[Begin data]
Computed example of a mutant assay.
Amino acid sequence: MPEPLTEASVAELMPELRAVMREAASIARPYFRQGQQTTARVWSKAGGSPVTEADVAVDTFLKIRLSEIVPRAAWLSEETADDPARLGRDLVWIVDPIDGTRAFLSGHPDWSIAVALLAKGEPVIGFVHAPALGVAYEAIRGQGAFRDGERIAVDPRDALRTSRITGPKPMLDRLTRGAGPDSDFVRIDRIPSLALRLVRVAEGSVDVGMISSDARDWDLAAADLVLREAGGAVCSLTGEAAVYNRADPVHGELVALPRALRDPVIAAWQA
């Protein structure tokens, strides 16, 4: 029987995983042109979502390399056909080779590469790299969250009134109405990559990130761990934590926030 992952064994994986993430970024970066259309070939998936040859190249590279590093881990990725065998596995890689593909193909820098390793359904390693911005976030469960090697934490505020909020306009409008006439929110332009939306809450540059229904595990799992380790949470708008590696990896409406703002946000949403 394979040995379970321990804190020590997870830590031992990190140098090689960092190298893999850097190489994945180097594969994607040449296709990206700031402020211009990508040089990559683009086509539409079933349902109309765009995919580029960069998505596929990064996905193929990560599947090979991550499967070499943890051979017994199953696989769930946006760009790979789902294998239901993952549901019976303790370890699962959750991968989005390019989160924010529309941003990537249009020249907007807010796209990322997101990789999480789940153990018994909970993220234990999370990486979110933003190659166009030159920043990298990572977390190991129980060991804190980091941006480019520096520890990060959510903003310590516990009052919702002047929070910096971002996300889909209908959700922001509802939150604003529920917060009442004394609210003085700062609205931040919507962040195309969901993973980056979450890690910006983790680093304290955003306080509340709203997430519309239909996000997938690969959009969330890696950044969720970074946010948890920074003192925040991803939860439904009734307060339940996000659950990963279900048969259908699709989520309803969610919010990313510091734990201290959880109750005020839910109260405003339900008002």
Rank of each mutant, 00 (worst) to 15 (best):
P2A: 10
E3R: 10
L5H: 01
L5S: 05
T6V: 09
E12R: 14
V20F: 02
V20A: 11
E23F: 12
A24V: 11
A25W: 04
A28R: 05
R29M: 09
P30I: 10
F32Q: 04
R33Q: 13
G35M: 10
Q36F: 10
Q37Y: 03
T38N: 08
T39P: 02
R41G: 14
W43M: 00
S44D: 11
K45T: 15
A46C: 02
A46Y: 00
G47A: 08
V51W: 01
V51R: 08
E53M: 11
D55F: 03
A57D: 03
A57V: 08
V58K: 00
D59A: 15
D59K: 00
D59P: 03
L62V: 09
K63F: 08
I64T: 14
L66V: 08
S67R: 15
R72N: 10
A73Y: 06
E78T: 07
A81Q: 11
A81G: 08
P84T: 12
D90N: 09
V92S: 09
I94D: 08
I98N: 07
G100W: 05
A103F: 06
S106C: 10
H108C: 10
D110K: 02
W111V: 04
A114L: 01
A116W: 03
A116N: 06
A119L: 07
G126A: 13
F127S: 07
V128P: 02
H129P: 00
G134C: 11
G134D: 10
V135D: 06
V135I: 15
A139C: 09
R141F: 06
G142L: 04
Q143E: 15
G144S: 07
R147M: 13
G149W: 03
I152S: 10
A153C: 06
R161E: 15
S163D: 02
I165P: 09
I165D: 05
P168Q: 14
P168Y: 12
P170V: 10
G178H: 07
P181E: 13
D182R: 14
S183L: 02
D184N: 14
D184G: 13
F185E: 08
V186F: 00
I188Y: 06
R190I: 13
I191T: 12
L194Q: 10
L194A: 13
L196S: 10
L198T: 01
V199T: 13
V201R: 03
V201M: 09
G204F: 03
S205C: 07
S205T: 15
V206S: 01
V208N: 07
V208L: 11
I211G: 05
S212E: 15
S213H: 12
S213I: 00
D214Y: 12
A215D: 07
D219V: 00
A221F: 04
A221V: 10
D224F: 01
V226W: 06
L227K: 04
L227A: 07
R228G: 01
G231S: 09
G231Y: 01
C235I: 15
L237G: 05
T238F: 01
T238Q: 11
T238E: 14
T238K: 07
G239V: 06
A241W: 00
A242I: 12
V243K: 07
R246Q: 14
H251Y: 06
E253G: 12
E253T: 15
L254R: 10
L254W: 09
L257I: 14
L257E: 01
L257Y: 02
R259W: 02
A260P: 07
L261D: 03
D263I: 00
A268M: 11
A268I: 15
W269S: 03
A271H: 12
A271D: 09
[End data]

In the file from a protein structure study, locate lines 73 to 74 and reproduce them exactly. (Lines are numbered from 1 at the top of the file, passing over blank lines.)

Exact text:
G134D: 10
V135D: 06